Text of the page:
Magic Ink by Steve Cole
|Magic Ink by Steve Cole|
|Category: Confident Readers|
|Reviewer: Margaret Young|
|Summary: A laugh-out-loud adventure for tweens. A book that shows heroes come in every shape and size and that what is already inside you may be more important than any superpowers. Steve Cole popped into Bookbag Towers to chat to us.|
|Buy? Yes||Borrow? Yes|
|Pages: 320||Date: May 2013|
|Publisher: Simon & Schuster Childrens Books|
|External links: Author's website|
Stew isn't having a good week. He has moved house, left his friends and school behind and as if things weren't bad enough, his bedroom has been invaded by a well-dressed pig. But at least he won't be bored in the new house. The house used to belong to Stew's grandfather, a famous comic-book artist. When Stew's father opens up the attic his grandfather had locked up 20 years ago, things are about to get really exciting for Stew as he finds himself drawn into a comic-book style adventure which will test his courage, his intelligence and his artistic abilities.
Stu is forced to assume the role of a super hero to save a dying Merlin, who it turns out was the first comic book artist of them all. Thankfully he won't be completing his quest alone. But how much help can a talking pig, with an inherit predisposition for practical jokes be? But while Posho the pig may appear to be fit only for slapstick humour, he has the heart of a true hero.
Merlin, having a hint of his own future doom has hidden a bottle of magic ink and parchment, along with instructions where he knows Stew's grandfather will live some 1,400 years later. Stew's grandfather however lacks the self confidence to take on the challenge, and after drawing Posho, abandons him and the quest, leaving the attic locked until, after his death, Stew and his family move in. Stew is now Merlin's only hope and time is running out quickly. Naturally everything that can go wrong does go wrong and a number of things that couldn't possibly go wrong do anyway, after all this is very close to a comic book. At first Stew seems to be in this for the reward Merlin has offered, but thanks to the steadfast loyalty of Posho to the man whose magic created him but who spurns him as useless pig, Stew has a change of heart. He then sets off with Posho to rescue Merlin, at great personal risk.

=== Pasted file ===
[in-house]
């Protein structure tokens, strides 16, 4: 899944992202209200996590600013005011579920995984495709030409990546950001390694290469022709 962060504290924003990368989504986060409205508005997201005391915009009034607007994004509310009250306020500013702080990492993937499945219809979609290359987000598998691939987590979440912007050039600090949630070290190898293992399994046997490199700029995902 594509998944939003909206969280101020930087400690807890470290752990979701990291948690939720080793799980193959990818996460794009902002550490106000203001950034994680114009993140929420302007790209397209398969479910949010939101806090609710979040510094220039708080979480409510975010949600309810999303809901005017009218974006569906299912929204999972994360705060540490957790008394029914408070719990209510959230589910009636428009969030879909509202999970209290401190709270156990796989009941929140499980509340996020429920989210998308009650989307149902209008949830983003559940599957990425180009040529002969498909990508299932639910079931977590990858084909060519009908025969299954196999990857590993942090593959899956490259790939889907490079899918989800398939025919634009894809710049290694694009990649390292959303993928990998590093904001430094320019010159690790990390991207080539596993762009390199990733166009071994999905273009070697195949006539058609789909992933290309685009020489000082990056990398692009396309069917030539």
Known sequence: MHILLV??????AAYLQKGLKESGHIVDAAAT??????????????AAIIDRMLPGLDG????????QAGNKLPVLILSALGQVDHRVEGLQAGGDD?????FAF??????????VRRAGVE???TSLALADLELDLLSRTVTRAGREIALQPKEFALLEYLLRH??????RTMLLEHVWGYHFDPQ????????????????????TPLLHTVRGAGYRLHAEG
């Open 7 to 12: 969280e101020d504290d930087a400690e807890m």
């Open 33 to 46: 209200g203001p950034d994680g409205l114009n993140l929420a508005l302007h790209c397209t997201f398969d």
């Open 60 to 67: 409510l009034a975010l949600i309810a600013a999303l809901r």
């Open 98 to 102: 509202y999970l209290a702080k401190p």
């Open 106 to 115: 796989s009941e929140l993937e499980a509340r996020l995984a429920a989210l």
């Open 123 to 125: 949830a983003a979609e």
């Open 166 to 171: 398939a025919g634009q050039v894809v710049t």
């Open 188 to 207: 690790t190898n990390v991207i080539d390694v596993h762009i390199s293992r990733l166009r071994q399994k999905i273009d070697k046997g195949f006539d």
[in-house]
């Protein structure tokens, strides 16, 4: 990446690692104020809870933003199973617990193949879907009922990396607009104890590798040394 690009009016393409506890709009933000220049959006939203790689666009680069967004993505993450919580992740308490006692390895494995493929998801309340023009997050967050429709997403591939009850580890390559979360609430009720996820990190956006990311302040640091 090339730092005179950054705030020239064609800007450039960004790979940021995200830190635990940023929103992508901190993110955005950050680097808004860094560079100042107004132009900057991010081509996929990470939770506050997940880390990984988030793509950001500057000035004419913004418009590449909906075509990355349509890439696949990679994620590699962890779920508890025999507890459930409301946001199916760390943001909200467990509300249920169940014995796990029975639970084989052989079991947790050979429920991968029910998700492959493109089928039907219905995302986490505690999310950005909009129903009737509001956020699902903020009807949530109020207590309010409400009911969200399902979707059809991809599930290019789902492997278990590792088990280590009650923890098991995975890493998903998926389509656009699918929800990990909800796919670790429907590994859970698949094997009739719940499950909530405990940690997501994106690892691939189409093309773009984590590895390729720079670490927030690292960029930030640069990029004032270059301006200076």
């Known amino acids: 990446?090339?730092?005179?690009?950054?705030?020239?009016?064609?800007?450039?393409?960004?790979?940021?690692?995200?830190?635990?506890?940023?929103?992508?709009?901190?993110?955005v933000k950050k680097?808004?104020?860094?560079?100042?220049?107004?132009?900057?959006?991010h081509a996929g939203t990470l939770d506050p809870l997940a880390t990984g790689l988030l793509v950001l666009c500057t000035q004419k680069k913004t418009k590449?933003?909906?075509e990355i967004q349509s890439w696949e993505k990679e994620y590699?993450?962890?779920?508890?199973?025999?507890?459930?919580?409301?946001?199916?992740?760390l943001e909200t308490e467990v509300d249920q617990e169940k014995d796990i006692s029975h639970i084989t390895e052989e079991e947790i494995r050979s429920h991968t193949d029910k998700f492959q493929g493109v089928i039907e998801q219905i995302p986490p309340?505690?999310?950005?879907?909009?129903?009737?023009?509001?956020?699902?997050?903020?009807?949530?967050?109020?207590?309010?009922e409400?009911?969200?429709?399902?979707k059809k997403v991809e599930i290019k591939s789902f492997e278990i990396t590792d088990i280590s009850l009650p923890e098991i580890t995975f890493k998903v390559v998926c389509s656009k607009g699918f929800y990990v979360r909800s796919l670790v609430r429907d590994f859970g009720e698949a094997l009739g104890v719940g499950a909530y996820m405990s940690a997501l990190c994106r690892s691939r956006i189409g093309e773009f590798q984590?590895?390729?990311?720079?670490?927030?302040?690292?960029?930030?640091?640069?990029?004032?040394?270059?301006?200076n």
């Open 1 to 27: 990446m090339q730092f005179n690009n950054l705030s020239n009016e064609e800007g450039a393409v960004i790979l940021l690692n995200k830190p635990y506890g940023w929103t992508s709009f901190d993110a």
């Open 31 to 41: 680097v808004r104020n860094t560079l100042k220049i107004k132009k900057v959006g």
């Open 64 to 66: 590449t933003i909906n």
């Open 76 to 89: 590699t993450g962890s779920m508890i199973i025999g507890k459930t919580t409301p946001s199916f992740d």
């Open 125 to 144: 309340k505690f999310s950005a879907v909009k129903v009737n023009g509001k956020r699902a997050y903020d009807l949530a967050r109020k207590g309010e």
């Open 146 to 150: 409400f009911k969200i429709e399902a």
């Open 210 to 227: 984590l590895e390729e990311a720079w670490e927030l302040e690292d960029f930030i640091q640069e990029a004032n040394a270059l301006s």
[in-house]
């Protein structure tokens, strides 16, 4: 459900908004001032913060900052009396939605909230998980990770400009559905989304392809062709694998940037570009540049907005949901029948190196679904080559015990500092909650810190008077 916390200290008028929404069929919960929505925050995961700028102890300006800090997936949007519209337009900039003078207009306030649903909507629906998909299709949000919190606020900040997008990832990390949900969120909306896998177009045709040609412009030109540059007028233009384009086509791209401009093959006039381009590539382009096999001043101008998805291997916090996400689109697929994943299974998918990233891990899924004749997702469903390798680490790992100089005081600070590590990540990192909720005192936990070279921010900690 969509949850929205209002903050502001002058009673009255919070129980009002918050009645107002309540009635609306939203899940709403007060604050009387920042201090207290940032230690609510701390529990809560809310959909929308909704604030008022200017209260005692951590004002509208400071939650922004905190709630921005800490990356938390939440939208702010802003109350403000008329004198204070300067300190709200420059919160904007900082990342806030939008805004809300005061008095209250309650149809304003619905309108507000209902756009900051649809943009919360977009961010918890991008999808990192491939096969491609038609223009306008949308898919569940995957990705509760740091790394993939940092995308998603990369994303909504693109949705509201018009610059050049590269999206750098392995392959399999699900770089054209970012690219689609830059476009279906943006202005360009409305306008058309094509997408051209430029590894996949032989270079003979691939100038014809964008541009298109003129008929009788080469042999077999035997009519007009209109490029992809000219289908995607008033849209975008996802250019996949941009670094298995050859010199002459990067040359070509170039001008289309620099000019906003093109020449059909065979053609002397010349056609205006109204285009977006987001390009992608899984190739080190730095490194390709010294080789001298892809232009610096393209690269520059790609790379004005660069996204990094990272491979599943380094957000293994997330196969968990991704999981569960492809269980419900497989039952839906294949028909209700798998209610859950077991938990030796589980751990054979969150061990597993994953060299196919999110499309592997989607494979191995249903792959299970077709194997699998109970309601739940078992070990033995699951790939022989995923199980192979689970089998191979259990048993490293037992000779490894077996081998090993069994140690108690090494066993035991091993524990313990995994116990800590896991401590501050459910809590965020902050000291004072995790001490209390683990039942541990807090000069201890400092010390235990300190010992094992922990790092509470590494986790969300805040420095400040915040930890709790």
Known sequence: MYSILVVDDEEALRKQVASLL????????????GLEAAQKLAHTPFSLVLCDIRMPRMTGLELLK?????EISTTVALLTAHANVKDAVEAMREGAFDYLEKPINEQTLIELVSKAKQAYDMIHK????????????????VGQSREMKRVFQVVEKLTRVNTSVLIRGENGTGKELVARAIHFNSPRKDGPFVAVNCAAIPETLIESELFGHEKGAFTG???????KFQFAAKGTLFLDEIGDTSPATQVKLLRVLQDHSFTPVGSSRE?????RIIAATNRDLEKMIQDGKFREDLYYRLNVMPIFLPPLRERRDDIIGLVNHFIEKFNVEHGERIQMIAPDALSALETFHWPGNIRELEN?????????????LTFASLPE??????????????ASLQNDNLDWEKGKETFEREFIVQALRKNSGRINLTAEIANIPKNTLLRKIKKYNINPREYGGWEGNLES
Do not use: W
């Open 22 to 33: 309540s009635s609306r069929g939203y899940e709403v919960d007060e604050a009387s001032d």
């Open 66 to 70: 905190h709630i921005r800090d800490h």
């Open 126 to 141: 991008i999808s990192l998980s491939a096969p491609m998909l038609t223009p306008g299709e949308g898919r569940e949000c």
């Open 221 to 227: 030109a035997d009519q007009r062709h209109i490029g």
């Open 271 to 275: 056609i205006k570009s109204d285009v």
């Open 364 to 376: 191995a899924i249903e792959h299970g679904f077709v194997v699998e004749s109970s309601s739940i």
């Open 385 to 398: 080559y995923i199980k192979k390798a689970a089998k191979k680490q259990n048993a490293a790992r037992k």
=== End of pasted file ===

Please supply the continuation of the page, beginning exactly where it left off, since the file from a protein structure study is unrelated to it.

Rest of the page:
My son loved this book. He prefers books with some illustrations, as many boys do, needing some visual connection to the characters in the story. He was literally laughing out loud and running in to show me the funny parts before I read the book myself. The humour is perfectly suited to a young boy, but as funny as this book is, there is more to it than that. Both my son and I felt the choice of a tuxedo-wearing pig with a posh accent and a top hat was a very strange choice for a super hero. But by the end of the book, we had come to love Posho, and despite being an old comic book fan myself, Posho has now joined the ranks of my favourite superheroes. There is a definite moral to this story. Posho has a terrible self image, being created as a laughing stock, abandoned by the man who drew him and despised by Merlin. But together both he and Stew learn to believe in themselves, and Posho finds that he can be much more than he was created to be. When the chance arrives, Posho refuses the gift of superpowers, but it turns out that his kindness, loyalty and courage are all powers he needs - well that and a sack full of lemons, but I won't say anymore on that for fear of spoiling the story.
My biggest complaint with this book is that it was written as a stand alone story. After reading so many of Steve Cole's Astrosaurs series, I was really hoping we would see more of Posho, but perhaps it is best that this book remain as it is. The ending is perfect and I don't see how another book could top this. I also do feel that the paper this is printed on is a bit too thin. The text is in a large, standard font, well spaced and very easy to read. The only problem is, the print does show through slightly from this other side, and this makes reading more difficult for children with dyslexia. This is minor though and did not affect reading enjoyment, either for my son or myself.
Overall, both my son and I are very impressed with this book. My son says it is just a tiny bit better than Astrosaurs and that is high praise indeed. As for me - I think the book is brilliant. I love the message to the story, to believe in yourself, and not to judge by appearance. It seemed to say anyone can be a hero. I loved the fact that this book may introduce many children to comics, a wonderful tool in developing literacy, as well as a grand way to show children that reading is fun. I like that it encouraged children to draw their own comics as well. It may even encourage children to want to learn the myths of King Arthur. We've already been reading these the last few weeks, so this aspect of the story was good timing for us. Most of all, I appreciate the fact that this book is perfectly written for boys. That isn't to say girls won't enjoy it too, I would have loved this a child myself, but good books for boys are harder to find, and this one is truly exceptional.
If this book appeals then we think that you'll also enjoy:
Z-Rex (Z Rex Trilogy), also by Steve Cole
You can read more book reviews or buy Magic Ink by Steve Cole at Amazon.co.uk
You can read more book reviews or buy Magic Ink by Steve Cole at Amazon.com.
Steve Cole was kind enough to be interviewed by Bookbag.
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